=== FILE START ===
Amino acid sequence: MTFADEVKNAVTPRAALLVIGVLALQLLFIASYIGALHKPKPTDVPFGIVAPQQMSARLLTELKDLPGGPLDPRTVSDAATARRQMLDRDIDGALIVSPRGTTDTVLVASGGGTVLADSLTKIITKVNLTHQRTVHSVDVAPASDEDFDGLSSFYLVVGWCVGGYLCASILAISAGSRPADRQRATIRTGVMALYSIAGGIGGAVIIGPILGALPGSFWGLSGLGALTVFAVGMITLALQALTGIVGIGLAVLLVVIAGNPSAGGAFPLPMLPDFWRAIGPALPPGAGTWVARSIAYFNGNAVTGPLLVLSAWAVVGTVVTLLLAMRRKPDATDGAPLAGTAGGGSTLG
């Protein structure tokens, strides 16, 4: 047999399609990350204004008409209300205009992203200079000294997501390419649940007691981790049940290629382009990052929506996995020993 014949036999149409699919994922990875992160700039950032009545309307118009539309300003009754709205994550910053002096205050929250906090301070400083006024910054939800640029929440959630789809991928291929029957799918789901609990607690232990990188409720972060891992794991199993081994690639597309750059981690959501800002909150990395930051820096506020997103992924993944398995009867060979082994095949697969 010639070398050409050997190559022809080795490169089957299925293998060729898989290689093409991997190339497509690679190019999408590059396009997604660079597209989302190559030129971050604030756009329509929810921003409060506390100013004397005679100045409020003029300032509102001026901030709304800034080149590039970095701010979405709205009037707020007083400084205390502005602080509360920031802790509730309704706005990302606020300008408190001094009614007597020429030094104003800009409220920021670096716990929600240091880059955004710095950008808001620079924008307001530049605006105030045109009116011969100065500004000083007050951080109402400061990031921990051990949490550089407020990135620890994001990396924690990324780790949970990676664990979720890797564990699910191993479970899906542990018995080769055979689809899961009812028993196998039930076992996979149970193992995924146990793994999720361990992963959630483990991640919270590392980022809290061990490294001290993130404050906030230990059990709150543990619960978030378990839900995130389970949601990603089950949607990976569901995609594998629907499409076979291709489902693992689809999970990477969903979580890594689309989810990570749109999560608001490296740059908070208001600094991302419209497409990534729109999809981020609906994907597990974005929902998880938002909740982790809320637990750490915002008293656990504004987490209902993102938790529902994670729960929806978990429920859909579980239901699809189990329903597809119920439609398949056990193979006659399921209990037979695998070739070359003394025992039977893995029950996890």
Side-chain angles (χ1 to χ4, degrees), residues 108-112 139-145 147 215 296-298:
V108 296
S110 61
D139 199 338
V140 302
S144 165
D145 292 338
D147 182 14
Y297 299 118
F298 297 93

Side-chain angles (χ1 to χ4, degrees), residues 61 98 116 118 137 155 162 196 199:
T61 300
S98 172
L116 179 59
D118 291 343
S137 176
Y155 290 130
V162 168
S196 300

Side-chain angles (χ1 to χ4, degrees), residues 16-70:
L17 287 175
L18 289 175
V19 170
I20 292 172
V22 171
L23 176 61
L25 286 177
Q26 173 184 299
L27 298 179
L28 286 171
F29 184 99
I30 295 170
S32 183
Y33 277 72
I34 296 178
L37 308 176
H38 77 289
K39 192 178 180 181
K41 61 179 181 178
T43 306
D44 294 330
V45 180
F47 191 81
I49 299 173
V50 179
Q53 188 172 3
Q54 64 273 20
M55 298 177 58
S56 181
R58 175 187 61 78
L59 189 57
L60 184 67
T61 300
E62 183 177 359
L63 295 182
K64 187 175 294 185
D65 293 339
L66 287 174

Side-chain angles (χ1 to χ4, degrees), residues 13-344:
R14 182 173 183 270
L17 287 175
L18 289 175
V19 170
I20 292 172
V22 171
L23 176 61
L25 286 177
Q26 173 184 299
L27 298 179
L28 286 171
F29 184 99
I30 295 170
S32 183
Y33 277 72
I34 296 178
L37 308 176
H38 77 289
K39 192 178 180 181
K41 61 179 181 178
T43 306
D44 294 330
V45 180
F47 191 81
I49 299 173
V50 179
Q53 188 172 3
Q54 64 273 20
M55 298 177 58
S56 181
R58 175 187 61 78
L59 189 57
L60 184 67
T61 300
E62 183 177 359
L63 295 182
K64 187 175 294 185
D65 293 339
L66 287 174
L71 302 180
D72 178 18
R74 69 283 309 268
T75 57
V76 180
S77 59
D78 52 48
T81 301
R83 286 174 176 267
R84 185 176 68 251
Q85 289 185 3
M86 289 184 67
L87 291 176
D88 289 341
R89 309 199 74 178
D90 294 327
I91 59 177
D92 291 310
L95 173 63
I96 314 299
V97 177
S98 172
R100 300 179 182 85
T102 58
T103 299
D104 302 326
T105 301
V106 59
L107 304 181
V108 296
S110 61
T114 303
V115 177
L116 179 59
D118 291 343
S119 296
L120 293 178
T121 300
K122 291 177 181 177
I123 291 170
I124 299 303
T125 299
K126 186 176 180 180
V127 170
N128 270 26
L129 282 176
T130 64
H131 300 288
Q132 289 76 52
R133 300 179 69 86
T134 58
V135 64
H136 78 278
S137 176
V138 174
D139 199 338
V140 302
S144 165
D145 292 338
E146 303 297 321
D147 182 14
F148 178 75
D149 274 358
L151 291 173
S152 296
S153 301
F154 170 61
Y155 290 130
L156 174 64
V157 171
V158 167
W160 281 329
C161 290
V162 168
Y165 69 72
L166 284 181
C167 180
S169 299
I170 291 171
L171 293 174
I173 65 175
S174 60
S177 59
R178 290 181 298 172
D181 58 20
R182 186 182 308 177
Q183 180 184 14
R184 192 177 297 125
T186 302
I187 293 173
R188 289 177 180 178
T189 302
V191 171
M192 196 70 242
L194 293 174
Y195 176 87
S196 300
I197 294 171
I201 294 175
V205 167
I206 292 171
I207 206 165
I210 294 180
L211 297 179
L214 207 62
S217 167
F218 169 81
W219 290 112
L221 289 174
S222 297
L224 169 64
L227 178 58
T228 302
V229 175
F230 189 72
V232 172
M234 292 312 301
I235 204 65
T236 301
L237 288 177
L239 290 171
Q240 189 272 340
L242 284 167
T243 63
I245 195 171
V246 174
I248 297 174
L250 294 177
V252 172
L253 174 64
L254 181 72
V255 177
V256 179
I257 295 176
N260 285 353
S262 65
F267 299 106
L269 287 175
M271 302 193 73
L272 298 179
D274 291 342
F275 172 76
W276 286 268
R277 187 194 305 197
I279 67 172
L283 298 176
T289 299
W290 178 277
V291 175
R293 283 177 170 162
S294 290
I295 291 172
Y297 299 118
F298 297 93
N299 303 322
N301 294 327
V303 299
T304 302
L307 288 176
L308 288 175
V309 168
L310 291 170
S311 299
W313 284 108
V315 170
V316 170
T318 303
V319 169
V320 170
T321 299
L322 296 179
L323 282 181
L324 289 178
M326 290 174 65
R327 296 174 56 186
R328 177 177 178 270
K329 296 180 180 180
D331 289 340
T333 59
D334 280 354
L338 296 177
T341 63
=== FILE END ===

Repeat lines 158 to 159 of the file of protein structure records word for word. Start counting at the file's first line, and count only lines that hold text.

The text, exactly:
S144 165
D145 292 338